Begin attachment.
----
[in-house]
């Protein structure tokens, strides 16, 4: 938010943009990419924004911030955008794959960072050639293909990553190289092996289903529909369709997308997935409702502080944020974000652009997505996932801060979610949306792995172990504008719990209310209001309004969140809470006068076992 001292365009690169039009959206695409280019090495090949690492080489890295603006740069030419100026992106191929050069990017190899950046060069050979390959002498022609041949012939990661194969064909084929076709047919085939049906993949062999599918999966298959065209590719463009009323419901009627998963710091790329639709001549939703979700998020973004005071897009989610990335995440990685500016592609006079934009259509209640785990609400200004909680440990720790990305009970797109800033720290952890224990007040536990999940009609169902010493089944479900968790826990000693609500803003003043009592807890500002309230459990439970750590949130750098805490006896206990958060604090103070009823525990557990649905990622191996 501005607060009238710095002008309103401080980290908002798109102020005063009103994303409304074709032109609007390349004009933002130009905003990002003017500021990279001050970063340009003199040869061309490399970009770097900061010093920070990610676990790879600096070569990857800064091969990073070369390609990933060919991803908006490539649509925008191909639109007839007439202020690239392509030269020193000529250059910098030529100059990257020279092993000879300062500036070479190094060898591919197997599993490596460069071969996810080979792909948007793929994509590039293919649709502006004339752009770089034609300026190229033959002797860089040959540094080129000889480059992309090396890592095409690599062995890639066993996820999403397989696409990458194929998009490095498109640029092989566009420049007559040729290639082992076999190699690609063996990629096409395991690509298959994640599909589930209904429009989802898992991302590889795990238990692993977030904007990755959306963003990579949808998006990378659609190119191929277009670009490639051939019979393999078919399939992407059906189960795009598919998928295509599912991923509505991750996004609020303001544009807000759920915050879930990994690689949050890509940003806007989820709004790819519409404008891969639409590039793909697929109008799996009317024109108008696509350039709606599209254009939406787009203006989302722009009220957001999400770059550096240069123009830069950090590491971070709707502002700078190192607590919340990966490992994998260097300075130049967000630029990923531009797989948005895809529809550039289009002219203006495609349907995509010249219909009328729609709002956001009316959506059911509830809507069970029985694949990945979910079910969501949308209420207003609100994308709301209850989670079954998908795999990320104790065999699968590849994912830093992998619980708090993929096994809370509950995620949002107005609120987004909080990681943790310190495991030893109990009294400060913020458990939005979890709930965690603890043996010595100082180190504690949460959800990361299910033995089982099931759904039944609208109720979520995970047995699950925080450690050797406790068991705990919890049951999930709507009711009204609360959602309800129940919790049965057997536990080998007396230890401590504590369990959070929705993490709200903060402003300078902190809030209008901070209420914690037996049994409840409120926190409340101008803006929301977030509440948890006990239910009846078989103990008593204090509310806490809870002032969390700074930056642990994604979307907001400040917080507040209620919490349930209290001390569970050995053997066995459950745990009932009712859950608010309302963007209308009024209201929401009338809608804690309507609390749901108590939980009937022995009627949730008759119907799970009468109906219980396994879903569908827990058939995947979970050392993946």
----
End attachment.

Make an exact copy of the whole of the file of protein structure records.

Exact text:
[in-house]
């Protein structure tokens, strides 16, 4: 938010943009990419924004911030955008794959960072050639293909990553190289092996289903529909369709997308997935409702502080944020974000652009997505996932801060979610949306792995172990504008719990209310209001309004969140809470006068076992 001292365009690169039009959206695409280019090495090949690492080489890295603006740069030419100026992106191929050069990017190899950046060069050979390959002498022609041949012939990661194969064909084929076709047919085939049906993949062999599918999966298959065209590719463009009323419901009627998963710091790329639709001549939703979700998020973004005071897009989610990335995440990685500016592609006079934009259509209640785990609400200004909680440990720790990305009970797109800033720290952890224990007040536990999940009609169902010493089944479900968790826990000693609500803003003043009592807890500002309230459990439970750590949130750098805490006896206990958060604090103070009823525990557990649905990622191996 501005607060009238710095002008309103401080980290908002798109102020005063009103994303409304074709032109609007390349004009933002130009905003990002003017500021990279001050970063340009003199040869061309490399970009770097900061010093920070990610676990790879600096070569990857800064091969990073070369390609990933060919991803908006490539649509925008191909639109007839007439202020690239392509030269020193000529250059910098030529100059990257020279092993000879300062500036070479190094060898591919197997599993490596460069071969996810080979792909948007793929994509590039293919649709502006004339752009770089034609300026190229033959002797860089040959540094080129000889480059992309090396890592095409690599062995890639066993996820999403397989696409990458194929998009490095498109640029092989566009420049007559040729290639082992076999190699690609063996990629096409395991690509298959994640599909589930209904429009989802898992991302590889795990238990692993977030904007990755959306963003990579949808998006990378659609190119191929277009670009490639051939019979393999078919399939992407059906189960795009598919998928295509599912991923509505991750996004609020303001544009807000759920915050879930990994690689949050890509940003806007989820709004790819519409404008891969639409590039793909697929109008799996009317024109108008696509350039709606599209254009939406787009203006989302722009009220957001999400770059550096240069123009830069950090590491971070709707502002700078190192607590919340990966490992994998260097300075130049967000630029990923531009797989948005895809529809550039289009002219203006495609349907995509010249219909009328729609709002956001009316959506059911509830809507069970029985694949990945979910079910969501949308209420207003609100994308709301209850989670079954998908795999990320104790065999699968590849994912830093992998619980708090993929096994809370509950995620949002107005609120987004909080990681943790310190495991030893109990009294400060913020458990939005979890709930965690603890043996010595100082180190504690949460959800990361299910033995089982099931759904039944609208109720979520995970047995699950925080450690050797406790068991705990919890049951999930709507009711009204609360959602309800129940919790049965057997536990080998007396230890401590504590369990959070929705993490709200903060402003300078902190809030209008901070209420914690037996049994409840409120926190409340101008803006929301977030509440948890006990239910009846078989103990008593204090509310806490809870002032969390700074930056642990994604979307907001400040917080507040209620919490349930209290001390569970050995053997066995459950745990009932009712859950608010309302963007209308009024209201929401009338809608804690309507609390749901108590939980009937022995009627949730008759119907799970009468109906219980396994879903569908827990058939995947979970050392993946």